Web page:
h a l f b a k e r y
[marked-for-tagline]

meta:

account: browse anonymously, or get an account and write.

 user: pass:
register,

# Double Turn Screw

Screw that has to be turned both ways
 (+3, -4) [vote for, against]

Imagine a screw that has a hole drilled through the center with a counterbore, a skinnier screw is then placed in the hole with threads in the opposite direction. The threaded hole would have the deeper portion correspond to the skinnier screw.

Now in order to turn it you need a special tool that can turn both heads in opposite direction at the same time. This would be a very good tamper resistant screw as you couldn't slot it, or grab it with pliers like a normal torx bit or what not. IT could also never back out from vibration or torque as it would tighten down one of the threads.

 — metarinka, Jun 04 2011

If you're not logged in, you can see what this page looks like, but you will not be able to add anything.
Short name, e.g., Bob's Coffee
Destination URL. E.g., https://www.coffee.com/
Description (displayed with the short name and URL.)

 // could also never back out from vibration or torque as it would tighten down one of the threads//.

 Consider an ordinary screw. Thermodynamically, the system sits in a local minimum, adjacent to two other local minima, one corresponding to an increment of unscrewing, the other to an increment of screwing. The energy barrier to unscrewing is slightly lower, isn't it? So prolonged mechanical noise of sufficient amplitude will, eventually, back the screw out.

 Now consider your two concentric screws. Because for each of them, the energy barrier will be slightly lower for unscrewing than for screwing, there will be a (perhaps narrow) range of mechanical perturbations from vibration noise, sufficient to unscrew one screw, a little, but insufficient to tighten the other screw. Wait long enough, and your double turn screw will back out from vibration.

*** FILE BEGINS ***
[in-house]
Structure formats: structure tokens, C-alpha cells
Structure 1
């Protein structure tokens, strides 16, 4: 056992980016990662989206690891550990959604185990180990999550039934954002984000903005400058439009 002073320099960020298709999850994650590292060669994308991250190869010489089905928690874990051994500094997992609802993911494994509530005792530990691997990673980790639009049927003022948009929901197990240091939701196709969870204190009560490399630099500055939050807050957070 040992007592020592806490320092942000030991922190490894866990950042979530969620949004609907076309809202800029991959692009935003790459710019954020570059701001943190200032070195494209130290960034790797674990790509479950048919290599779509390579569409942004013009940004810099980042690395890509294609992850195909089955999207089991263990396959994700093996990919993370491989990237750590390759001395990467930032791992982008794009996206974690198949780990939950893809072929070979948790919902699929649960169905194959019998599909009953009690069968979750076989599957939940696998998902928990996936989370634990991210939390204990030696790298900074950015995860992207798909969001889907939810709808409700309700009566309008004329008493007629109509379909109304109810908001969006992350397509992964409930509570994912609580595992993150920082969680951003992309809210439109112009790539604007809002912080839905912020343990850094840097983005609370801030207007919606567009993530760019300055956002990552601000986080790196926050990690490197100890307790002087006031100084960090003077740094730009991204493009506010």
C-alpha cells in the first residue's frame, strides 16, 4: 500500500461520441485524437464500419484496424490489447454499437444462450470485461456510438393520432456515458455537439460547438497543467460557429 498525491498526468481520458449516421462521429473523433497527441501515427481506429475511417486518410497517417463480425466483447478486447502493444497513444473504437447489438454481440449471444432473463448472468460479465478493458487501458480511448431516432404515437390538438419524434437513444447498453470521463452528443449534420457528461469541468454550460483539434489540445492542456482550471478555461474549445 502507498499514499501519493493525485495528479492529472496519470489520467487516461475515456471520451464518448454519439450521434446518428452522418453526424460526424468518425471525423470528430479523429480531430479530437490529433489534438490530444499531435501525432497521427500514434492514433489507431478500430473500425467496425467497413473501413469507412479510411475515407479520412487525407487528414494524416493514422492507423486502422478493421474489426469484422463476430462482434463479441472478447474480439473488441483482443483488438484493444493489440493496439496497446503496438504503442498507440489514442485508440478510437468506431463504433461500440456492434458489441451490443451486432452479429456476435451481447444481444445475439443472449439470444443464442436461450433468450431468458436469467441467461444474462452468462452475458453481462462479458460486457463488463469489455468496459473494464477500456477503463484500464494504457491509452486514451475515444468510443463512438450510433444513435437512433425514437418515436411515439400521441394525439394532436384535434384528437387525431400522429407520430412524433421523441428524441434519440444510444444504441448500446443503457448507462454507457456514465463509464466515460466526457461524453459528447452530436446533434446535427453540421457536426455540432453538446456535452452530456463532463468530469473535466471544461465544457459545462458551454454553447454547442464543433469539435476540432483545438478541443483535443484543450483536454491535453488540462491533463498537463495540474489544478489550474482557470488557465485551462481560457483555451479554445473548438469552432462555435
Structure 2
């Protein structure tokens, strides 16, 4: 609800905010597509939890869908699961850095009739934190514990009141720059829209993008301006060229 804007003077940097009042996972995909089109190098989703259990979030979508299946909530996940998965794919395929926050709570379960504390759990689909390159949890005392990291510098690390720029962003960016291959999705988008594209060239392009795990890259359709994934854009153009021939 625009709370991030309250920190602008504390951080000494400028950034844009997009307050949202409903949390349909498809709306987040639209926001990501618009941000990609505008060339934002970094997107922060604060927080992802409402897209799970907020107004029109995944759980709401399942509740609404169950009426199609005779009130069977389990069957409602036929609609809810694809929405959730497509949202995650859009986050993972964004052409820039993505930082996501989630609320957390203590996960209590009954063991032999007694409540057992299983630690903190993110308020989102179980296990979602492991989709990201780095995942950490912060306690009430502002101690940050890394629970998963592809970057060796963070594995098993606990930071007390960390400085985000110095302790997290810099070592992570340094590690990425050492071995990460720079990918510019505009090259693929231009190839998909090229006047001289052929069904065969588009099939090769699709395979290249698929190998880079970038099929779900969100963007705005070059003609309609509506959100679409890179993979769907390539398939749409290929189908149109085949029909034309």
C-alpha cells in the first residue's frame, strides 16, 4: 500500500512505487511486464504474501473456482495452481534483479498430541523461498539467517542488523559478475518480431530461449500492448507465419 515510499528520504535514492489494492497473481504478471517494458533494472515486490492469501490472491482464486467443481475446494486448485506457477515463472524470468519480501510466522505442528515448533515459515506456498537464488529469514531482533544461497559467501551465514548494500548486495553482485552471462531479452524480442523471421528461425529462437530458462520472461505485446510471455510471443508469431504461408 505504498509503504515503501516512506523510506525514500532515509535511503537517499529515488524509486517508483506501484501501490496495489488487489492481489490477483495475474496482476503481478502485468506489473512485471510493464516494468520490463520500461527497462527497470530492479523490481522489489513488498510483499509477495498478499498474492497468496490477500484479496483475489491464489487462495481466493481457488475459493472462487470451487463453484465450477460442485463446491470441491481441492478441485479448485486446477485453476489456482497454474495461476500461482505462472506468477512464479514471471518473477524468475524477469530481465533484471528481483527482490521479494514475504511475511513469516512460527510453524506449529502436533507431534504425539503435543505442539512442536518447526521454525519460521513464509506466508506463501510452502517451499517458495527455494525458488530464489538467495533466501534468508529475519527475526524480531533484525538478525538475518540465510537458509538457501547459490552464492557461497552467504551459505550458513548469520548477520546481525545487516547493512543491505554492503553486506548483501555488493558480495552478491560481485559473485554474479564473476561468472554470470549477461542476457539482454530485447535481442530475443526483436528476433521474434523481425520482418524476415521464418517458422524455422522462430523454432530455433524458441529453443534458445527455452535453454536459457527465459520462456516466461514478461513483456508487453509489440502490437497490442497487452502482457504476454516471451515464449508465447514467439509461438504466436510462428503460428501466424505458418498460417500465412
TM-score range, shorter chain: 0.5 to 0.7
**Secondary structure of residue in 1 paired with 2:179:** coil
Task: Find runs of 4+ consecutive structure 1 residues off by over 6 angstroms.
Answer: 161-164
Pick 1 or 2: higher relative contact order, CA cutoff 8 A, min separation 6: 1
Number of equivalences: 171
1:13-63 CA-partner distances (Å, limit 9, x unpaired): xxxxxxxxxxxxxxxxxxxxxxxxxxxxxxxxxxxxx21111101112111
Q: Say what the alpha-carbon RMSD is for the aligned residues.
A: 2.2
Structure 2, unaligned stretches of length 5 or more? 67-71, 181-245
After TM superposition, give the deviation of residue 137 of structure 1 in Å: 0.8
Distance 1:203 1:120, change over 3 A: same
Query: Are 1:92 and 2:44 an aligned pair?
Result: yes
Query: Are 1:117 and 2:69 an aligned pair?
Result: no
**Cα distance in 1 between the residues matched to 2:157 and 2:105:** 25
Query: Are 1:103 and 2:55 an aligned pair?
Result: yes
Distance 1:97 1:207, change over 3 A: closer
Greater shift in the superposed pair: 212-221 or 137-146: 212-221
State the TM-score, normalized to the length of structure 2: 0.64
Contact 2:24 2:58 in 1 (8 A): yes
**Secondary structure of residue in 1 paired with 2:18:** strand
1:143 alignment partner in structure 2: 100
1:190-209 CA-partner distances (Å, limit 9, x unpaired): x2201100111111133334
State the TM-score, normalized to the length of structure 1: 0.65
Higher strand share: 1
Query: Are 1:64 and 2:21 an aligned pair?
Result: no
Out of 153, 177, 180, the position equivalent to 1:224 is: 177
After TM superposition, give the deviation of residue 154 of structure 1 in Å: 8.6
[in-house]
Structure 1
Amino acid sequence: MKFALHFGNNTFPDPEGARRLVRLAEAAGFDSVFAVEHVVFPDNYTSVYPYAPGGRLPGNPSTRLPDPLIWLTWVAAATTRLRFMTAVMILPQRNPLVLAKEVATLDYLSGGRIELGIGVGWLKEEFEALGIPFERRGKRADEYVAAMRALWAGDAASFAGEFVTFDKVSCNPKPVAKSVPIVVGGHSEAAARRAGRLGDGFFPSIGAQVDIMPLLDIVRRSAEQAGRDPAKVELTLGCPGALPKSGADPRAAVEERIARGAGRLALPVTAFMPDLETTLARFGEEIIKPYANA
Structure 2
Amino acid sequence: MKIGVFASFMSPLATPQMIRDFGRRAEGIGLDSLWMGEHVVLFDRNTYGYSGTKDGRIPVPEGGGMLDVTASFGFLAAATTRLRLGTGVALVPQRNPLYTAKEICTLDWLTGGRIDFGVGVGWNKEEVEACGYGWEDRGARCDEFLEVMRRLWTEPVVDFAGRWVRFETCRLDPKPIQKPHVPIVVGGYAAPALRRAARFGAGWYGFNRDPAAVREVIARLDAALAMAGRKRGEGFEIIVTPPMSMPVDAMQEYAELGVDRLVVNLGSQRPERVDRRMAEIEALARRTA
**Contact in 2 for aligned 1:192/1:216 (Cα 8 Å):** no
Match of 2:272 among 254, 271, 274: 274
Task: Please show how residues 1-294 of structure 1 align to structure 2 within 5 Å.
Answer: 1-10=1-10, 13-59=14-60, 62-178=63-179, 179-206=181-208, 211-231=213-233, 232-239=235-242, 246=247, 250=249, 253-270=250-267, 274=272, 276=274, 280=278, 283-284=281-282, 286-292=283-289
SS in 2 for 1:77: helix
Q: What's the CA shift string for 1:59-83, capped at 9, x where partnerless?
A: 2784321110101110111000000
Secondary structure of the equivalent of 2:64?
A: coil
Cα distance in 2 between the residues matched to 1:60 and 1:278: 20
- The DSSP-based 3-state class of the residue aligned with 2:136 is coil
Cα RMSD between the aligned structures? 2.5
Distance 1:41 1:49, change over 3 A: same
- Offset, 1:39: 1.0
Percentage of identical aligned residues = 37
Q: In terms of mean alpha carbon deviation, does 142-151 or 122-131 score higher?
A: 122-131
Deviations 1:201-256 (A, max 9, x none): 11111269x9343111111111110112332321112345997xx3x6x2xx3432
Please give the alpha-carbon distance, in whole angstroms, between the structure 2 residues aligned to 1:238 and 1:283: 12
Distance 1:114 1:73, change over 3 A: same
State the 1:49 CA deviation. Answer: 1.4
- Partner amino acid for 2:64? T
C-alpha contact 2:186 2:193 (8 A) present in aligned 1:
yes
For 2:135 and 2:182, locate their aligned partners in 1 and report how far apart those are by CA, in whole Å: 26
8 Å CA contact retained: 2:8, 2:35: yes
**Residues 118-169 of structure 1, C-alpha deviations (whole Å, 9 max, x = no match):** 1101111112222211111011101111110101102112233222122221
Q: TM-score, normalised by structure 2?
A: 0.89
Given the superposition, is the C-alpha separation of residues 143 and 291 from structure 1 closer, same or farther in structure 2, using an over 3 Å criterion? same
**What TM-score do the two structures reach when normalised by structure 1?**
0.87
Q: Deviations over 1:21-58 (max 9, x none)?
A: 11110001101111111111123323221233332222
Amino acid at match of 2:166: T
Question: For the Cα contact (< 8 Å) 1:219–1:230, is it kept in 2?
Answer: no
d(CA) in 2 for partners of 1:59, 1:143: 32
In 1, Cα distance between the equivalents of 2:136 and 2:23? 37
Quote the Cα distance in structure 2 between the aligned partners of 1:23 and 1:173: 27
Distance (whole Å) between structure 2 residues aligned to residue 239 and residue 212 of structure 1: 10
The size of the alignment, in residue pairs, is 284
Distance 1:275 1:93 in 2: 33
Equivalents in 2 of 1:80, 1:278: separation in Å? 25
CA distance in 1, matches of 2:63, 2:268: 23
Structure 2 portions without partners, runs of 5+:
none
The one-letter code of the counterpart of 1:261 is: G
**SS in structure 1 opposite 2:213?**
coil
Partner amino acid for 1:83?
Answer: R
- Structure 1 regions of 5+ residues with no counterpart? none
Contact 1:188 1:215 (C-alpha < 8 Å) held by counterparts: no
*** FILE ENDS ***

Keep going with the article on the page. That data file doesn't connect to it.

Or else I'm missing something, and if so, what is it?
 — mouseposture, Jun 04 2011

God rot every inventor of "tamper resistant screws" that force me to go find a special kind of bit or a special tool. Why not just make it a square style metric backwards-threaded wing stripped-head nut- double phillips- flathead-torque diamond star?! Or just use rivets and welds
 — Voice, Jun 04 2011

The thing is, screws are cheap. Non-removable lok- tite is fairly cheap. This screw is at least twice, and more like 5-10 times more expensive than a simple screw.
 — MechE, Jun 04 2011

Imagine a screw that has a hole drilled through the center with a counterbore. You should have stopped right there.
 — zeno, Jun 07 2011

This is essentially two screws, one inside the other, each independently vulnerable to the weaknesses you are trying to protect against, provided you work them in the correct order.
 — tatterdemalion, Jun 07 2011

If the skinnier screw were put down the centre of the outer screw, could the outer screw not still be removed by itself leaving just the skinny screw down the hole and the entire thing not very securely fastened?
 — kdmurray, Jun 07 2011

What you could do is use the inner screw as a wedge, tightening the outer screw's threads against the wall. No need to oppose the threads, though.
 — RayfordSteele, Jun 07 2011

 I think this could work as a self-tapping screw pair with the right tools.

Detractors: c'mon, this is the HB! +
 — csea, Jun 08 2011

 Or else I'm missing something, and if so, what is it? screws aren't a simple manner of energy states with "unscrewing" representing a lower state"